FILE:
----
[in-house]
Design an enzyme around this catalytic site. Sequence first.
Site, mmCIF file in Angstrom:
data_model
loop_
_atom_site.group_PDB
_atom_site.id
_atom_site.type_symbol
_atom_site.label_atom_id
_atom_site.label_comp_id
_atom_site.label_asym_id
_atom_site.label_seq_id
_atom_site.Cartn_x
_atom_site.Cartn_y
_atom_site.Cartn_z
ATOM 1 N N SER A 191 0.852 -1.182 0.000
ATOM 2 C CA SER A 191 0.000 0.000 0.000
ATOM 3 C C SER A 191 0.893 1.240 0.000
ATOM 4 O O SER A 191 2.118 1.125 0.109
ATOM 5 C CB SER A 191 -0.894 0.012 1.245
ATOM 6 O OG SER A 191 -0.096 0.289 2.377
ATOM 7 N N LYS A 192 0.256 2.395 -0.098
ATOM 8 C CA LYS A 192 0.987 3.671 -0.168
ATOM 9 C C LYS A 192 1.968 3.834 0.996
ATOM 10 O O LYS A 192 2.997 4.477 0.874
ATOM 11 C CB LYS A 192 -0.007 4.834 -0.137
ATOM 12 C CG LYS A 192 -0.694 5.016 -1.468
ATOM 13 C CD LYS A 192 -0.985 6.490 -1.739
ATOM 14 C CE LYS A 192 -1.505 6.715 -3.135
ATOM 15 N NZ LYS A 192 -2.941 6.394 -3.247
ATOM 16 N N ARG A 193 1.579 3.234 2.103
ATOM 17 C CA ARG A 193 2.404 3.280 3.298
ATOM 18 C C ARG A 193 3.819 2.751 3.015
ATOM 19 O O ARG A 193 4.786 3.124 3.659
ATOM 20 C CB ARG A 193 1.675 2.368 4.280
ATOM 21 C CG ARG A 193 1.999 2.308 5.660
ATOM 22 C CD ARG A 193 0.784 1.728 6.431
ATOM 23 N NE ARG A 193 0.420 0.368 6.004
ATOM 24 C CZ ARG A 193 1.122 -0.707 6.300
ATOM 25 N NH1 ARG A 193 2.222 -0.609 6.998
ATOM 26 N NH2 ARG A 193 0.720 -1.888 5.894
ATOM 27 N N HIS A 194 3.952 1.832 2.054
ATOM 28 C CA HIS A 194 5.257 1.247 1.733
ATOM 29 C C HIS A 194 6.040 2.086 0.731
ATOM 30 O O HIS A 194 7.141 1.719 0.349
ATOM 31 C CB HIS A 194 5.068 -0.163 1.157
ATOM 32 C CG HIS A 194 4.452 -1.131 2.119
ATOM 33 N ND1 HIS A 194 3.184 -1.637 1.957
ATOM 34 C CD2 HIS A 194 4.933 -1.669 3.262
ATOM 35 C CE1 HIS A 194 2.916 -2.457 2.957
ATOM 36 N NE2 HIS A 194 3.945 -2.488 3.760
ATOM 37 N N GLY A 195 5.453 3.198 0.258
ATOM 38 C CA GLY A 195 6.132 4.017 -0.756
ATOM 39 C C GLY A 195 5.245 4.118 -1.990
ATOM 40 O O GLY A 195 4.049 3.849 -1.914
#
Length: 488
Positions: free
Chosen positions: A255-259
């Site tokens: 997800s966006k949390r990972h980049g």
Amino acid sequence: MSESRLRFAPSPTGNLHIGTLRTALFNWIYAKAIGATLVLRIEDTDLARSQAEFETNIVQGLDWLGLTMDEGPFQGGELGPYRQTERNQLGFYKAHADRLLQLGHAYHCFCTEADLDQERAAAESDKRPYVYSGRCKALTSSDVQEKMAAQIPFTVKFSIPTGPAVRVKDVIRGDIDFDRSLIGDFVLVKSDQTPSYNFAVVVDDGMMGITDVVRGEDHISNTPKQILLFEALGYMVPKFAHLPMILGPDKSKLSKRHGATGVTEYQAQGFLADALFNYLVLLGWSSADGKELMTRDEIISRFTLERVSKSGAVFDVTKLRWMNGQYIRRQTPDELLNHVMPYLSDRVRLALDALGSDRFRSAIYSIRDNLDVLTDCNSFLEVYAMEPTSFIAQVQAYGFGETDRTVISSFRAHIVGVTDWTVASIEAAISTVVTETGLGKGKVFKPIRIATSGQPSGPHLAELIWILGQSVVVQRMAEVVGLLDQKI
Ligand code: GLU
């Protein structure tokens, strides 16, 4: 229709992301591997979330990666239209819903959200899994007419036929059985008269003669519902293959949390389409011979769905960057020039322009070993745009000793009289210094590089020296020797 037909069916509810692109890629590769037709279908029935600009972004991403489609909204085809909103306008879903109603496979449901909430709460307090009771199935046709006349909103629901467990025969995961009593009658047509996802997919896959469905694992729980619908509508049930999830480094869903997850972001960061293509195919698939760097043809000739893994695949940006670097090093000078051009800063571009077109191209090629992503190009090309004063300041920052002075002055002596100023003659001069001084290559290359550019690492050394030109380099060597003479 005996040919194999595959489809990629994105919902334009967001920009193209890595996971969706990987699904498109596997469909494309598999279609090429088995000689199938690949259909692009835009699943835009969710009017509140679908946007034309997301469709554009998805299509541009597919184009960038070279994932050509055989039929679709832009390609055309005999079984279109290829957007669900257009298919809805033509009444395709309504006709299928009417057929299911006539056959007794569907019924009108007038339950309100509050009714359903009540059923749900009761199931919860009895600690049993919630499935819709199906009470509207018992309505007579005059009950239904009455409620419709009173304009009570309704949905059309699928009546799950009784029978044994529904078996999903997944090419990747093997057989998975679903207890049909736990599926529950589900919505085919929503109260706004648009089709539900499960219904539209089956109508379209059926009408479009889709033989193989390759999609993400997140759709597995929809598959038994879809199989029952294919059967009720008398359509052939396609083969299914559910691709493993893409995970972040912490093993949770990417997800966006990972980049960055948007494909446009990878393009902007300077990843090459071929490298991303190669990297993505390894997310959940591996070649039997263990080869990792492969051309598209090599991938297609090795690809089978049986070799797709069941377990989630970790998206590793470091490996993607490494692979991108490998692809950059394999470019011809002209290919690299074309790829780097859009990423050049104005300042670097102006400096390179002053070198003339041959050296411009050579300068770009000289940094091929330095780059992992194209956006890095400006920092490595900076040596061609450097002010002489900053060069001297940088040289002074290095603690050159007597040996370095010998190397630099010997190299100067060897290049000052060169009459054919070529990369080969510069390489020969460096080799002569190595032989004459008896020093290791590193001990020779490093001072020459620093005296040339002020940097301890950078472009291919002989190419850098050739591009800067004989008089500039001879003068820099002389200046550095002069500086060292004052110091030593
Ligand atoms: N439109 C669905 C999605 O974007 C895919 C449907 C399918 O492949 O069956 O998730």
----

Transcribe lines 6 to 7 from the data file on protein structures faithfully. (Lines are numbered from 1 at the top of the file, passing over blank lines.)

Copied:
_atom_site.group_PDB
_atom_site.id